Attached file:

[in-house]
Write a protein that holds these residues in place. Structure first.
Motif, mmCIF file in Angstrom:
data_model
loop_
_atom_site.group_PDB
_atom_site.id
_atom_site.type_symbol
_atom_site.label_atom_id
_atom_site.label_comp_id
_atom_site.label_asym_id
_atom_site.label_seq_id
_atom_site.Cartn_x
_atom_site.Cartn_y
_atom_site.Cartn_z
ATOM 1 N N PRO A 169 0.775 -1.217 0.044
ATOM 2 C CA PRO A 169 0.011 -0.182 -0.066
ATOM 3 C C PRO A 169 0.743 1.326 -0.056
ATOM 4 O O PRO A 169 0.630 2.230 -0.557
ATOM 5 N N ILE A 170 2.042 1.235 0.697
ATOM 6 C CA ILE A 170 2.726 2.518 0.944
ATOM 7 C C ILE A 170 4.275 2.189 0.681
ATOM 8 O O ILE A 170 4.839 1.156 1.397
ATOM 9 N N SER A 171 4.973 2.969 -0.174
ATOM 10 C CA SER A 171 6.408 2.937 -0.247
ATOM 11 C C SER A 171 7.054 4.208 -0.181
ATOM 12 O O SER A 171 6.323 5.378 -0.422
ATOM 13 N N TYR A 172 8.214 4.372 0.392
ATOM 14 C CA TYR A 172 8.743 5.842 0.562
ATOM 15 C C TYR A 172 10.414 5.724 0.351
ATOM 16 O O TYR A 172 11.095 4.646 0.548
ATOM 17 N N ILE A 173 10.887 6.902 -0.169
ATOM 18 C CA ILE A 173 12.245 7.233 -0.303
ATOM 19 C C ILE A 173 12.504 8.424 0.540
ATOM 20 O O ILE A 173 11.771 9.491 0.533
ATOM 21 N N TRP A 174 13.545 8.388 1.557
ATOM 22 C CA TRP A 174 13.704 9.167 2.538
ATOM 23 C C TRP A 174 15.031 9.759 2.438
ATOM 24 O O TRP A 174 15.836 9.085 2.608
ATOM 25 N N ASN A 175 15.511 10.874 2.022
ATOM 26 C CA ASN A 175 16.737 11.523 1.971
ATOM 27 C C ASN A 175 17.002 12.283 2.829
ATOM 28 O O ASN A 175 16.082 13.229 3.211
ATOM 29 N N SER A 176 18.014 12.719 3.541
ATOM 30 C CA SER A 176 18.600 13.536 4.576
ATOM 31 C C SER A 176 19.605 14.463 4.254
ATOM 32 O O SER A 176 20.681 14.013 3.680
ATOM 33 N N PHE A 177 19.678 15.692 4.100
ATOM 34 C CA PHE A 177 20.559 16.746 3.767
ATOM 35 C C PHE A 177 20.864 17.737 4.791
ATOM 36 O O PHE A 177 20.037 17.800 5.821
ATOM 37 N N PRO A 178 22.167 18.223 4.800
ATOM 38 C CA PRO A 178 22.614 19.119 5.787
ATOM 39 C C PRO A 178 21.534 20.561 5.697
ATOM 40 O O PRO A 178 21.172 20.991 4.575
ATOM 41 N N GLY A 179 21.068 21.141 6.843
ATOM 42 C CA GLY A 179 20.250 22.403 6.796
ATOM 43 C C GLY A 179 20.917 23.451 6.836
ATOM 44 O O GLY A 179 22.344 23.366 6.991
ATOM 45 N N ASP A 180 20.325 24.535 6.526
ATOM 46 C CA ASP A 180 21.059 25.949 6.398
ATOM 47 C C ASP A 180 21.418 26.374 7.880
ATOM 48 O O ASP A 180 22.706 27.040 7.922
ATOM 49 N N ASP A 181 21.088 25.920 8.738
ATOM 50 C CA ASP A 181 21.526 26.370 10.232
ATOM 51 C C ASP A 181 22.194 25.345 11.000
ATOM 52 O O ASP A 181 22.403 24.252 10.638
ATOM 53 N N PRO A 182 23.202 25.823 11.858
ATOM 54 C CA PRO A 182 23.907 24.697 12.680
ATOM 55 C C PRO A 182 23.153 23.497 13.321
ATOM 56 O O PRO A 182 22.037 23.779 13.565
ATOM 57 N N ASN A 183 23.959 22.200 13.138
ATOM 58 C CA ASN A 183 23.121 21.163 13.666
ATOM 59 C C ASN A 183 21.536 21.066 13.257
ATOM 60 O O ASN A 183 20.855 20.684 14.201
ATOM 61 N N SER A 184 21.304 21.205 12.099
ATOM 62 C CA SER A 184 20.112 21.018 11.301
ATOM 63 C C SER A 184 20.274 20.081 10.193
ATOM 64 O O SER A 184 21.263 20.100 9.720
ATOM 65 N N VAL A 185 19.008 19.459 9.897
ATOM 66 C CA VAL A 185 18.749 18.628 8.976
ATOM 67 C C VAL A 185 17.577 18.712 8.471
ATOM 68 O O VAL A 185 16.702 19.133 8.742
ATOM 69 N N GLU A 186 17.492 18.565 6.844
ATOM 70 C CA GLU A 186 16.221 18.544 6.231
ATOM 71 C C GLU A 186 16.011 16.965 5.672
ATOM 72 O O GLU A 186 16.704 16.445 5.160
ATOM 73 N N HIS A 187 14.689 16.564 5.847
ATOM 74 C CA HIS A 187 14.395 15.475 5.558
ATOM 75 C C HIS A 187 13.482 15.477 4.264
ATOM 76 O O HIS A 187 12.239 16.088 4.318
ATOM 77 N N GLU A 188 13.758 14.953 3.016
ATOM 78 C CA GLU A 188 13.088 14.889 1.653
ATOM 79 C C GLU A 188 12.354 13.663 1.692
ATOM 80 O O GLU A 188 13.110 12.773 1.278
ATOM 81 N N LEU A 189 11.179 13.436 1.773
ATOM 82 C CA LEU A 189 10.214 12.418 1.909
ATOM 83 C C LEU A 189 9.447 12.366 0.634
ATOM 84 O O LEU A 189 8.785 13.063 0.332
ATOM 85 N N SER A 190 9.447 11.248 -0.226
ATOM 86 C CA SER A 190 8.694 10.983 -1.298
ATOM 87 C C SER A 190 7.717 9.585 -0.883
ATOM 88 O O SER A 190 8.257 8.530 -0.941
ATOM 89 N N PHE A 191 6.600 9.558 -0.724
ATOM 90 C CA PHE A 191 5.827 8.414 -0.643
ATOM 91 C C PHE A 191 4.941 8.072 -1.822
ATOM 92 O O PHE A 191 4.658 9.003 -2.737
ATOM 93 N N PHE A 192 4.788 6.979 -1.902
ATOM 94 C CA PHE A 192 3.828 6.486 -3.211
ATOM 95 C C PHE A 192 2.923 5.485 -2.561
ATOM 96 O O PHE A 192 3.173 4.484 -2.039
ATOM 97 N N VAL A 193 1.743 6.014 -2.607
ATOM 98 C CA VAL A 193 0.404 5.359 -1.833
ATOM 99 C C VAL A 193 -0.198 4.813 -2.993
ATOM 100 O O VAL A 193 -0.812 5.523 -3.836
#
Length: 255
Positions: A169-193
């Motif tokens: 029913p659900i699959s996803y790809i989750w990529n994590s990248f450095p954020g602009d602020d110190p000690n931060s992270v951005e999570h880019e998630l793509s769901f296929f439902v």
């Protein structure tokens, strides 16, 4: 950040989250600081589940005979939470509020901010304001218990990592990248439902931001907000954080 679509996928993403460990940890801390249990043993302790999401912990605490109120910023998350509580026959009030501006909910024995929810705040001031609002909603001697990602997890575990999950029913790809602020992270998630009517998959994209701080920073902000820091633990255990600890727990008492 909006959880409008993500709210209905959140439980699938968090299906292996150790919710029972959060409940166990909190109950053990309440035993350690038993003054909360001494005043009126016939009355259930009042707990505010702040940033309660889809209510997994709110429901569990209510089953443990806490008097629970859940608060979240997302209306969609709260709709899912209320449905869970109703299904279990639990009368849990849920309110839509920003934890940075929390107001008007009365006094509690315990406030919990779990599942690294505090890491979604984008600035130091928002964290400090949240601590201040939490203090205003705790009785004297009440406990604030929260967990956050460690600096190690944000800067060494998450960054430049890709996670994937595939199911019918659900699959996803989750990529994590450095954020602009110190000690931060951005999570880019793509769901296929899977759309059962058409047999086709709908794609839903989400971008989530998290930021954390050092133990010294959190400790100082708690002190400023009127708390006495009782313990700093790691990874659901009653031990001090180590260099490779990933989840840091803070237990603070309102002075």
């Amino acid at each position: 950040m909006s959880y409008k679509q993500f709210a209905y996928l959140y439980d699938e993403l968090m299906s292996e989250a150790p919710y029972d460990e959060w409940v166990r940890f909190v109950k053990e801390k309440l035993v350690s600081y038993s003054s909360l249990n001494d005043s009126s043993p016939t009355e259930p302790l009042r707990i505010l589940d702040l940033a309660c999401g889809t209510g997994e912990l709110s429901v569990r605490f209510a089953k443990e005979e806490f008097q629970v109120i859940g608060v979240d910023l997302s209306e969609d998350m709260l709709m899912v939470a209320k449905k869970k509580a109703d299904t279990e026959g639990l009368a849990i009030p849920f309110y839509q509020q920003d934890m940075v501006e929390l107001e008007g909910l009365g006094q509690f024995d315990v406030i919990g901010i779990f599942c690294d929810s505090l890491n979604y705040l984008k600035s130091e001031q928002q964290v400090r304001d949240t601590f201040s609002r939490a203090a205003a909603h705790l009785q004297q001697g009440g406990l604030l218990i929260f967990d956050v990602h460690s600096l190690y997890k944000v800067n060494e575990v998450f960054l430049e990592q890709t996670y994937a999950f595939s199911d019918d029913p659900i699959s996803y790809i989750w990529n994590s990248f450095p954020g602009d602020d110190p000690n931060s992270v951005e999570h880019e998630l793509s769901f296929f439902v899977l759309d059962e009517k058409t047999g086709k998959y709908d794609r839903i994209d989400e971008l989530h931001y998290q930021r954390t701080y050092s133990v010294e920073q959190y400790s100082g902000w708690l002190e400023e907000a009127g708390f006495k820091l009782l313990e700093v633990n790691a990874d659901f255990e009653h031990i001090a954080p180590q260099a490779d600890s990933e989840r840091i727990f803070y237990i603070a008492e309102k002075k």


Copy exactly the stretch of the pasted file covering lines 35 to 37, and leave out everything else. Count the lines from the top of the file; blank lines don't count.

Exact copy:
ATOM 20 O O ILE A 173 11.771 9.491 0.533
ATOM 21 N N TRP A 174 13.545 8.388 1.557
ATOM 22 C CA TRP A 174 13.704 9.167 2.538